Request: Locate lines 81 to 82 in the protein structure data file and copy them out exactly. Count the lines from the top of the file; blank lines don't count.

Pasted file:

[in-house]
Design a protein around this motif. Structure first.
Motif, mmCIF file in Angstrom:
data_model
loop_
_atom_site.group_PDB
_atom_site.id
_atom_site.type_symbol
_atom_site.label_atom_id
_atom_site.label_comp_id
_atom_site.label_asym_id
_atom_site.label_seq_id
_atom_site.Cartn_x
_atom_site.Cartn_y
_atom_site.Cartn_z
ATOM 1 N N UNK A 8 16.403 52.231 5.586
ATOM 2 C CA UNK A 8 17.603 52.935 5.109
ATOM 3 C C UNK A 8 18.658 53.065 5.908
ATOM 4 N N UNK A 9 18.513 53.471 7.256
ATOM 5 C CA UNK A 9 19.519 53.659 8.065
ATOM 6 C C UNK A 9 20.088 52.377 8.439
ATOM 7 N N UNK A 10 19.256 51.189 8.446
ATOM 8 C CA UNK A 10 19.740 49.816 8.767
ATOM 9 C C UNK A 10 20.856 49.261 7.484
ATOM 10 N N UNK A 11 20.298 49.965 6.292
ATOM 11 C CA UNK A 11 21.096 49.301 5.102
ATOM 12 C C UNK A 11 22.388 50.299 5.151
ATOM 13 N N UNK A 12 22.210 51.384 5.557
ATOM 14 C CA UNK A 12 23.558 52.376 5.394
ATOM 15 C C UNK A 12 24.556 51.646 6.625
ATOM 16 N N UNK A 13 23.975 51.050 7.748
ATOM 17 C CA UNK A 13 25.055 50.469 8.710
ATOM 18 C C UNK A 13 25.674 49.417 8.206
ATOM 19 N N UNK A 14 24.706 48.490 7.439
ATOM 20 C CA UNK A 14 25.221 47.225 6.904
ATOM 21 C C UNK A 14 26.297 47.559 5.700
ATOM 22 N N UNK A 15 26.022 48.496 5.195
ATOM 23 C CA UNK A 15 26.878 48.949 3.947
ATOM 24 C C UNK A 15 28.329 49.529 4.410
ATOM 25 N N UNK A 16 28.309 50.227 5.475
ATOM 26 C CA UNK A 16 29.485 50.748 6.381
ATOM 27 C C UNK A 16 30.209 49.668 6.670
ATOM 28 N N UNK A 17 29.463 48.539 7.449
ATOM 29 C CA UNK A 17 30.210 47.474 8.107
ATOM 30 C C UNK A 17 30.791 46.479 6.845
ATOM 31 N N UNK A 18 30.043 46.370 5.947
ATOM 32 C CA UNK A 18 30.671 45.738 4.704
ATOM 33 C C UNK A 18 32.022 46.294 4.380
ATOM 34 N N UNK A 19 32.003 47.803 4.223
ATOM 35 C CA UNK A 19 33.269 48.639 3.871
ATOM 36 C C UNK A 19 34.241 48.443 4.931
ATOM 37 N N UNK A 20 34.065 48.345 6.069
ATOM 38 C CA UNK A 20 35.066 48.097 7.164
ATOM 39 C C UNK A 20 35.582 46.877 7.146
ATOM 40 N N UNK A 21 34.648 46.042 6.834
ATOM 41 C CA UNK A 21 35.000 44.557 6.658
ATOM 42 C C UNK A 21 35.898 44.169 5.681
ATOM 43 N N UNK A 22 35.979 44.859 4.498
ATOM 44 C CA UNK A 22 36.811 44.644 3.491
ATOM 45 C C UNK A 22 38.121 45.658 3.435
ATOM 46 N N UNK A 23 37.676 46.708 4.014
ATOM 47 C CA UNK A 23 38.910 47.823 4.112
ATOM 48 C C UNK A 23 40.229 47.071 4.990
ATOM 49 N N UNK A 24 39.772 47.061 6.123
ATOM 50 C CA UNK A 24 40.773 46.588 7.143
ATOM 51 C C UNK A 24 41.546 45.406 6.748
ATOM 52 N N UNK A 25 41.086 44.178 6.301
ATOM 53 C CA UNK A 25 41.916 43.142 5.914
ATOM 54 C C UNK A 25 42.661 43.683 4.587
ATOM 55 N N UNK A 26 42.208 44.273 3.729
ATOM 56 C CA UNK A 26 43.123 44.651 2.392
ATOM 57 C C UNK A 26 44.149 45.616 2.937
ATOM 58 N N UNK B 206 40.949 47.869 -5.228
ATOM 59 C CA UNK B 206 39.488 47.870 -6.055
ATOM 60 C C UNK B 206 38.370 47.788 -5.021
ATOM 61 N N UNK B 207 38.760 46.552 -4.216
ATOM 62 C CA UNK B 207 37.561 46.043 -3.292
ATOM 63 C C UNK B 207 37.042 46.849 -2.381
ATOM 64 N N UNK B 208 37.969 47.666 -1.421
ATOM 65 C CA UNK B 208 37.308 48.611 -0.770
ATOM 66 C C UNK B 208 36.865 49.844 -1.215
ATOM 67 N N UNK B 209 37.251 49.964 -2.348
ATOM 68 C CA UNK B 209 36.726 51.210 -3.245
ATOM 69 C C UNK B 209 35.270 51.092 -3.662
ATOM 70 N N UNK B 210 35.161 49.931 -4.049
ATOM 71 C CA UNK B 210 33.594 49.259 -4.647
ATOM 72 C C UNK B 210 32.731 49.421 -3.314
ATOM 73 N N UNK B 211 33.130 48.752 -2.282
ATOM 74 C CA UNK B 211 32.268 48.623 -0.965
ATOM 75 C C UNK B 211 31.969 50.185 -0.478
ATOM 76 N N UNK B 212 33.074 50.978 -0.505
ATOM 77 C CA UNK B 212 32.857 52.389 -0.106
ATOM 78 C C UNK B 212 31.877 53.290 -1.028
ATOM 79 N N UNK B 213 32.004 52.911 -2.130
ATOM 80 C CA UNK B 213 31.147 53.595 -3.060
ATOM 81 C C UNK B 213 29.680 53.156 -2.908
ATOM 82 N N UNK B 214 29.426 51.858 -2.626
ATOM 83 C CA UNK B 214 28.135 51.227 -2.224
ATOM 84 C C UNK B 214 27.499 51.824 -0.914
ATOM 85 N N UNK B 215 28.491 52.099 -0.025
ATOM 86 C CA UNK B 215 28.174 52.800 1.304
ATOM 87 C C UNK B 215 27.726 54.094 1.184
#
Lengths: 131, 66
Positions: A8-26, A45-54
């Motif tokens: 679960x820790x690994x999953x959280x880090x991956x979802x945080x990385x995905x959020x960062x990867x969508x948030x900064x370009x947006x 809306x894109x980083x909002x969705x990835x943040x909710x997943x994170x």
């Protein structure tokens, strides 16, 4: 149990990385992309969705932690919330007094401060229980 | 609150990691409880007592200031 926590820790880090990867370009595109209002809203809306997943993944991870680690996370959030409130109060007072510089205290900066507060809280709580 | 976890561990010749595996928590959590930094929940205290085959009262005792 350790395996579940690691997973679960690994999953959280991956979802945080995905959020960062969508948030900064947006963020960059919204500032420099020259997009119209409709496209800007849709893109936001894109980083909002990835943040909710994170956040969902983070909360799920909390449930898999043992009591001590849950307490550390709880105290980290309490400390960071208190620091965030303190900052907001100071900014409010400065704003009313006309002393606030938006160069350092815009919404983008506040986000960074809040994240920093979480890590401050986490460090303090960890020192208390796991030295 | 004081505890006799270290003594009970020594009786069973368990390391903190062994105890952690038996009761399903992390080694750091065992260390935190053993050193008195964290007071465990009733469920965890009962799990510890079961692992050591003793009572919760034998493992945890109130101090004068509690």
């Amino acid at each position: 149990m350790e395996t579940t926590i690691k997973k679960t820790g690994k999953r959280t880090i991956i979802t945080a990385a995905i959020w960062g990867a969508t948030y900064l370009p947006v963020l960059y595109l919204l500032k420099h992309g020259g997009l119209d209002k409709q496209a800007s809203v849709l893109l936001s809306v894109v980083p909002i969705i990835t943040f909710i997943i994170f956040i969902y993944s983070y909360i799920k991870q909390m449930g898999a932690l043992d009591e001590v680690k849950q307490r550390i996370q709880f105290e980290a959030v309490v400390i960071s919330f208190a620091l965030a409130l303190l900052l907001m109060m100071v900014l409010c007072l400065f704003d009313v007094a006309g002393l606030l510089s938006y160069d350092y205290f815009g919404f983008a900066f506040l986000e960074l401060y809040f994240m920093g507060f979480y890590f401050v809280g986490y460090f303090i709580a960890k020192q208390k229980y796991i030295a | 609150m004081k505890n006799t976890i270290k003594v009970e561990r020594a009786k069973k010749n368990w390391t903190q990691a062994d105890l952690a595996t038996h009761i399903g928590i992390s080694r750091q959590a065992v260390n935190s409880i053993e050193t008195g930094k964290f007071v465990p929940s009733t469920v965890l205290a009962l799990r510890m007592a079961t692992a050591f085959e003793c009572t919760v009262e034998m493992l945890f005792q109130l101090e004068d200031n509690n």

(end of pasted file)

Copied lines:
ATOM 66 C C UNK B 208 36.865 49.844 -1.215
ATOM 67 N N UNK B 209 37.251 49.964 -2.348